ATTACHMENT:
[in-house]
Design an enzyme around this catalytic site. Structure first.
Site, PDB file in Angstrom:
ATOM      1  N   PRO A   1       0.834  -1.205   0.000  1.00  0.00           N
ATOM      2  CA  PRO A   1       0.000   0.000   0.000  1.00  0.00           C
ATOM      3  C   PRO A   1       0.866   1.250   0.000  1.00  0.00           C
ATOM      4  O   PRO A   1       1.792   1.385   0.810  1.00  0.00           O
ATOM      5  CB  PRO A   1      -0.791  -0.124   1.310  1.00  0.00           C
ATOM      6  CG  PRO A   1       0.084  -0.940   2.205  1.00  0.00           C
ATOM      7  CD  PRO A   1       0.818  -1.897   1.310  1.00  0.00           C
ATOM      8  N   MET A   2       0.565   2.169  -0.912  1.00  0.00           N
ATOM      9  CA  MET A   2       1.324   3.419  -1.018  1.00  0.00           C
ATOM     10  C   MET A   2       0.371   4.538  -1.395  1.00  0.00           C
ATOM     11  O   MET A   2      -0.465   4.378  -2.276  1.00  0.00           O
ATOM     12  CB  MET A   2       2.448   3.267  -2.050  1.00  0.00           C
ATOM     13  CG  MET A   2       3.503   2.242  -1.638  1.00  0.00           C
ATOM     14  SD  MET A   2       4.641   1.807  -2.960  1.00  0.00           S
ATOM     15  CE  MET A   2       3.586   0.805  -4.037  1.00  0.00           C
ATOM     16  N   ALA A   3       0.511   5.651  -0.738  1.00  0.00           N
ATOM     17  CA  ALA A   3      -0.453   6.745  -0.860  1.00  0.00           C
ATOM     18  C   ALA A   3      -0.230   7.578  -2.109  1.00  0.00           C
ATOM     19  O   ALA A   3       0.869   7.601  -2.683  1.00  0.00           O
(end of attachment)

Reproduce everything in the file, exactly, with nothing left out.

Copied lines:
[in-house]
Design an enzyme around this catalytic site. Structure first.
Site, PDB file in Angstrom:
ATOM      1  N   PRO A   1       0.834  -1.205   0.000  1.00  0.00           N
ATOM      2  CA  PRO A   1       0.000   0.000   0.000  1.00  0.00           C
ATOM      3  C   PRO A   1       0.866   1.250   0.000  1.00  0.00           C
ATOM      4  O   PRO A   1       1.792   1.385   0.810  1.00  0.00           O
ATOM      5  CB  PRO A   1      -0.791  -0.124   1.310  1.00  0.00           C
ATOM      6  CG  PRO A   1       0.084  -0.940   2.205  1.00  0.00           C
ATOM      7  CD  PRO A   1       0.818  -1.897   1.310  1.00  0.00           C
ATOM      8  N   MET A   2       0.565   2.169  -0.912  1.00  0.00           N
ATOM      9  CA  MET A   2       1.324   3.419  -1.018  1.00  0.00           C
ATOM     10  C   MET A   2       0.371   4.538  -1.395  1.00  0.00           C
ATOM     11  O   MET A   2      -0.465   4.378  -2.276  1.00  0.00           O
ATOM     12  CB  MET A   2       2.448   3.267  -2.050  1.00  0.00           C
ATOM     13  CG  MET A   2       3.503   2.242  -1.638  1.00  0.00           C
ATOM     14  SD  MET A   2       4.641   1.807  -2.960  1.00  0.00           S
ATOM     15  CE  MET A   2       3.586   0.805  -4.037  1.00  0.00           C
ATOM     16  N   ALA A   3       0.511   5.651  -0.738  1.00  0.00           N
ATOM     17  CA  ALA A   3      -0.453   6.745  -0.860  1.00  0.00           C
ATOM     18  C   ALA A   3      -0.230   7.578  -2.109  1.00  0.00           C
ATOM     19  O   ALA A   3       0.869   7.601  -2.683  1.00  0.00           O